When faced with a difficult situation some rise to the challenge. When in a position of leadership, some give credit to their subordinates when they meet a challenge successfully or personally take blame if they fail. Then there is Broward County Sheriff Scott Israel who does none of those things.
“Brave” Sheriff Israel
Israel went on national television and blamed the NRA for the shooting that killed 17 at Marjory Stoneman Douglas High School. He was an active participant in CNN’s Two Minutes of Hate. He did so knowing that law enforcement responded to anywhere from 23-45 calls for visits to the shooter’s home. These calls included cases of self-reporting, threatening his brother, and throwing his mother against a wall.
He told CNN’s Jake Tapper on Sunday that he heard reports of one of his deputies failing to go into the school and engage the shooter. Yet, he did not mention it at CNN’s town hall because, “we need to get it right, we need to get it accurate.” He did not wait to get it “right” or “accurate” when he scolded Dana Loesch on national television. To do otherwise would have meant that as leader of the BSO (Broward Sheriff Office), he would have to take a modicum of responsibility. Yes, somehow, it was her fault that he is partly responsible for one of the biggest law enforcement debacles in modern-American history.
After reports of the BSO Deputy failing to enter the school and engage the shooter, Coral Springs Police officers reported that not just one deputy, but three additional deputies also failed to enter and engage. He sent off a statement to the press demanding they not run the story as it had not been confirmed. Again Israel insisted the BSO be treated one way, while he treated the NRA another.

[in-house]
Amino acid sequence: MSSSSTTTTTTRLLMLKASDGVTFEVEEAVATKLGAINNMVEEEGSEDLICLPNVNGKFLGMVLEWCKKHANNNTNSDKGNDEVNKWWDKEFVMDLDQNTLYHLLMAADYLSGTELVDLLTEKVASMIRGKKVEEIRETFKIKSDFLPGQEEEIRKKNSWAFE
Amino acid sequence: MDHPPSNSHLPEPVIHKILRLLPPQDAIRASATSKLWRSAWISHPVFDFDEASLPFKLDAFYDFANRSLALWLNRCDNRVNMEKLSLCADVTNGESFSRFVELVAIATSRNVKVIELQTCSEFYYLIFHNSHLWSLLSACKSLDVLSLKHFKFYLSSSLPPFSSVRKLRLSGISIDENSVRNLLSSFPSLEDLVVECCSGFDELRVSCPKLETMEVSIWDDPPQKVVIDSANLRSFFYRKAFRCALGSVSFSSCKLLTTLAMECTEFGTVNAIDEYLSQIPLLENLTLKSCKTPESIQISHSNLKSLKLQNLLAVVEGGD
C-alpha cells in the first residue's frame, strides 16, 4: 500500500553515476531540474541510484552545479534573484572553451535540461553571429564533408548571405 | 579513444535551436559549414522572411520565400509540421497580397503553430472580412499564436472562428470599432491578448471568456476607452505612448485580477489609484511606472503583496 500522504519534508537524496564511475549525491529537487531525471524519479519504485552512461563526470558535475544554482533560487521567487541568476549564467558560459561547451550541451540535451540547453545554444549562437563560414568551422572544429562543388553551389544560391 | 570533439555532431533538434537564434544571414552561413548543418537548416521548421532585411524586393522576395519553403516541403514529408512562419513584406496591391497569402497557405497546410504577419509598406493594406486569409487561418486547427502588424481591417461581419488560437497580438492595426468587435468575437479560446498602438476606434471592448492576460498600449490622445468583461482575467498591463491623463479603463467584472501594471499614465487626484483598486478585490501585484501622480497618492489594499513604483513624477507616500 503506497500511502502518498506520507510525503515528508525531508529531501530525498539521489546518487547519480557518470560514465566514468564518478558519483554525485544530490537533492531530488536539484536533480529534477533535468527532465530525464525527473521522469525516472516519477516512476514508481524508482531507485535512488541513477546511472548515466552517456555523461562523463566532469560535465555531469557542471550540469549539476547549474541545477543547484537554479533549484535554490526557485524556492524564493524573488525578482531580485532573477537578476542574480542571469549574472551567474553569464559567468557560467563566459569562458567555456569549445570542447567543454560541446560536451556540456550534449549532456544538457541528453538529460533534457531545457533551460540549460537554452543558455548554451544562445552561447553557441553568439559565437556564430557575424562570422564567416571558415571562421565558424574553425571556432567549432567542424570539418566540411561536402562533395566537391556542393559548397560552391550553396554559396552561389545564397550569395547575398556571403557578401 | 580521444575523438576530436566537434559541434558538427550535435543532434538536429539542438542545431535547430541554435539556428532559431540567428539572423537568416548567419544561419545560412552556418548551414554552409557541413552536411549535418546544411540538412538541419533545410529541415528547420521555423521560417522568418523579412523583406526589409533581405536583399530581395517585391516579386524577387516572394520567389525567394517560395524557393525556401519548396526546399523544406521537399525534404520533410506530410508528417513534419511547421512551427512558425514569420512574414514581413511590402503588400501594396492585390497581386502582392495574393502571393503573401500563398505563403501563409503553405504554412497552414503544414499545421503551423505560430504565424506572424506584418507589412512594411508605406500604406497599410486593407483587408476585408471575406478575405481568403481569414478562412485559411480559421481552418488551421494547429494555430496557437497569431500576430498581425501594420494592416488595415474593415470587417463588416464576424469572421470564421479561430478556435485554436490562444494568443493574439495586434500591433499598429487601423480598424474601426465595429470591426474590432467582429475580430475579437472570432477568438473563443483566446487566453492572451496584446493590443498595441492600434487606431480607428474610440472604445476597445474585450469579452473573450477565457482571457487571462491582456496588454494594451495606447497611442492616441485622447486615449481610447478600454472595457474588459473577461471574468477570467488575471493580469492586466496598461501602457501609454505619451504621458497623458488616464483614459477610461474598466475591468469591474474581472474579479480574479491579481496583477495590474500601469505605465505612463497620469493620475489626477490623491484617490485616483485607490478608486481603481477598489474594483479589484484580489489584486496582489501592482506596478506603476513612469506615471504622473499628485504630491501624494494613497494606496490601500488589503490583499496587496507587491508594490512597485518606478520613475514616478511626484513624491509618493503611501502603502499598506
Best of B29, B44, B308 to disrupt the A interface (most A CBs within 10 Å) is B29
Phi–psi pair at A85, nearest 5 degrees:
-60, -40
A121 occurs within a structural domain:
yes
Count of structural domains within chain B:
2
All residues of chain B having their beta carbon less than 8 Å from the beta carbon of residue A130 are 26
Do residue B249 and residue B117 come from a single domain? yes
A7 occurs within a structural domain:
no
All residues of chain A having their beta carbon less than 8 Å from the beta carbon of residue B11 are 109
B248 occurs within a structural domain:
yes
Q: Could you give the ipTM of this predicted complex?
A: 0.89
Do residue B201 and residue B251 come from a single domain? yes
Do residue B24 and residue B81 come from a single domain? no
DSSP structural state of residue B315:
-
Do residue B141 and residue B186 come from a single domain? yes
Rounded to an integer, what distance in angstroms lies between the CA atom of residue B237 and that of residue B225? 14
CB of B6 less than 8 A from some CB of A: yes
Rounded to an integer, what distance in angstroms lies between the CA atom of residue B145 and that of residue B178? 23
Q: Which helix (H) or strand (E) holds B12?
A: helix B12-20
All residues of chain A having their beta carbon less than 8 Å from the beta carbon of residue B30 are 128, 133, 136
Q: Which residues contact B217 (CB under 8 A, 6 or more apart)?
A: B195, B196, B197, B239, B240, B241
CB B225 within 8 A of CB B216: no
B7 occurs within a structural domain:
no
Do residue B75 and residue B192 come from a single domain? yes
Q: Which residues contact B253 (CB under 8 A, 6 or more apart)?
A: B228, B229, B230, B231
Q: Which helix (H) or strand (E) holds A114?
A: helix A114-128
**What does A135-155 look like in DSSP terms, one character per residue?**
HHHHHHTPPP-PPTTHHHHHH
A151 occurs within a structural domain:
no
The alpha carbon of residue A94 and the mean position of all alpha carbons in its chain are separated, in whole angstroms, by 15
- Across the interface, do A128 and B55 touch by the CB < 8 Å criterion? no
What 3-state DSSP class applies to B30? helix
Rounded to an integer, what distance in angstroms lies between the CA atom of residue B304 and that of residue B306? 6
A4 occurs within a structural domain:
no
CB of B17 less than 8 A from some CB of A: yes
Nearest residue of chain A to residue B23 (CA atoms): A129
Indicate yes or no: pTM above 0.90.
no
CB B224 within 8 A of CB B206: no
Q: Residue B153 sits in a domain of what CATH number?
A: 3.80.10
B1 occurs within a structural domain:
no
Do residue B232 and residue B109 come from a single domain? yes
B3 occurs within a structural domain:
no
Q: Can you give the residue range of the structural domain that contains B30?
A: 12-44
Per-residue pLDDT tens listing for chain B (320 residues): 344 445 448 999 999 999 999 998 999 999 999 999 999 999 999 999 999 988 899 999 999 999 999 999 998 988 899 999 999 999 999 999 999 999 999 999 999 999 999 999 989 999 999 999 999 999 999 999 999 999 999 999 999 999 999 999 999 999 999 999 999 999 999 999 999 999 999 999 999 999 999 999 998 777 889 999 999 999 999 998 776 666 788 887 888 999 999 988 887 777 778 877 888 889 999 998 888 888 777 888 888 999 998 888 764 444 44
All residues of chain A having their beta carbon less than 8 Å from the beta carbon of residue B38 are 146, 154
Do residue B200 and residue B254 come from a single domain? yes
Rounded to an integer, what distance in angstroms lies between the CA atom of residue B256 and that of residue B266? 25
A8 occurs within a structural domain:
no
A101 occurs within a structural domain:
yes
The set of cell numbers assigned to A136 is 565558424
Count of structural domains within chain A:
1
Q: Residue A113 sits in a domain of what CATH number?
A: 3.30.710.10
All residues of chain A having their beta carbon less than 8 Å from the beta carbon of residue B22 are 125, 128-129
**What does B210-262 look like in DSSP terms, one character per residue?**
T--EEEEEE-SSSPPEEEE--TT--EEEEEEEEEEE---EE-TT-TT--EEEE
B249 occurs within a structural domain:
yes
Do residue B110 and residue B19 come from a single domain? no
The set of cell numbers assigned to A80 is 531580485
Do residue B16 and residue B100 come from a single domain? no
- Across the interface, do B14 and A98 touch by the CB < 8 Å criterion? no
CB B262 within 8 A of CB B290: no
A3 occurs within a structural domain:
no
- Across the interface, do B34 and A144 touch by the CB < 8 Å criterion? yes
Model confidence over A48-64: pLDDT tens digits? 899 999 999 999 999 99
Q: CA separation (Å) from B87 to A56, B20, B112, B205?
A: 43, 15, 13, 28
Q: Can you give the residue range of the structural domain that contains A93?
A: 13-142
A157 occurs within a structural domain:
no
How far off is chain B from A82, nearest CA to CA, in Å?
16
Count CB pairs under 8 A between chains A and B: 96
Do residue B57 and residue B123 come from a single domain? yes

Israel ducked responsibility again when confronted about the deputy who has since resigned. He claimed: “I gave him a gun. I gave him a badge. I gave him the training. If he didn’t have the heart to go in, that’s not my responsibility.” Earlier that same day, he told Tapper that he was providing “amazing leadership” and that he was akin to a general or a president who should not be blamed for a deserter.
On Sunday, Scot Peterson, the officer who did not engage the shooter, released a long statement defending his actions. He argued in a series of bullet points that he was simply doing what he was trained to do in such a situation. Sheriff Israel had early voiced his disgust, saying Peterson should have “killed the killer.” However, Peterson may be correct as the BSO’s active shooter protocol does not specifically require that a deputy engage the shooter.
What Not to Do
President Harry Truman had a plaque at his desk that said “The buck stops here.” For Scott Israel the buck stops at NRA headquarters or wherever Dana Loesch is speaking or with his deputies, over whom he apparently has no influence. Israel used the shooting at MSDHS to cover his own mistakes and push his political agenda. If he were to write a book on leadership, distributors would have to put it in the fiction section.
Scott Israel deserves to be mentioned in leadership classes across the country as an example of what not to do. He should resign as a result of the BSO’s failures before the shooting and his disgraceful conduct after the shooting where everything was always somebody else’s fault. Given his God complex, that is unlikely.